A recent poll on arabiansupplychain narrowly suggested that visitors to this website thought that worldwide trade volumes would turn the corner some time before the end of this year.
On the face it of it, it’s hard to work out why regional executives have such a positive outlook on the next few months. Global cargo volumes travelling both by sea and by air have spiralled downwards over the last year or so, and only the much-lowered price of fuel has provided any sustenance to players. The most recent OECD release forecasts that international trade will fall by more than 13% in 2009.
But here in the Middle East, trade volumes have remained relatively healthy and robust. In fact, the biggest of this region’s operators have been hurt not by a slowdown in their own markets, but by difficulties in others.
Take DP World – a company whose ratings were cut by S&P in mid-March due to concerns over Dubai's international debt. The Dubai ports giant saw profits after tax rising by 48% during the course of last year, although it has seen significant volume drops at the beginning of 2009.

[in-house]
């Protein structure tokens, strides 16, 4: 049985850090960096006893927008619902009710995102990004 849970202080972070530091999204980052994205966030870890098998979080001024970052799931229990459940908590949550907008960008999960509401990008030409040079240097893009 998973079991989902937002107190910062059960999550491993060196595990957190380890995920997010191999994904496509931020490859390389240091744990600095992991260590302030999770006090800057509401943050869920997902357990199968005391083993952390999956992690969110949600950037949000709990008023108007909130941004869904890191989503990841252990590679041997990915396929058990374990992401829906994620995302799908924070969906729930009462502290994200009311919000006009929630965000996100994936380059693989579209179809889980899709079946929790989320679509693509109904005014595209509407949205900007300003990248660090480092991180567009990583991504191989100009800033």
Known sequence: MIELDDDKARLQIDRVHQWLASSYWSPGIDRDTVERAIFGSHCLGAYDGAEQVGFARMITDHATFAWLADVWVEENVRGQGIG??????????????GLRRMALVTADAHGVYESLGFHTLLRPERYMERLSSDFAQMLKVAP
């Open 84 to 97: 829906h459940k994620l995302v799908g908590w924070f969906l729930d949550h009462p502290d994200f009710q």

Most of these drops have been in the “developed regions” like Europe, according to the operator, which have seen double-digit declines; the UAE, by contrast “remains a major exception”. Small wonder that company CEO Mohammed Sharaf bought another 115,000 shares at a rock-bottom price shortly after the results were announced.
Then take the examples of Asian port giants Hutchison Port Holdings (HPH) and PSA International. Both giants saw profits decrease last year, by 42% and 46.2%, respectively. Whereas DP World’s best results were in its home market and emerging ports, HPH and PSA International’s best figures were gained outside their home region and traditional trade hub of Asia.
And while it’s too soon to call the turning point in the airfreight market, IATA’s latest air cargo figures make positive reading for the Middle East’s logistics players.
Even allowing for the fact that GCC freight companies will obviously still suffer from dropping volumes in the areas of the world in which they operate and that the market here is not as large as elsewhere, there are still reasons why carriers in this part of the world should feel encouraged.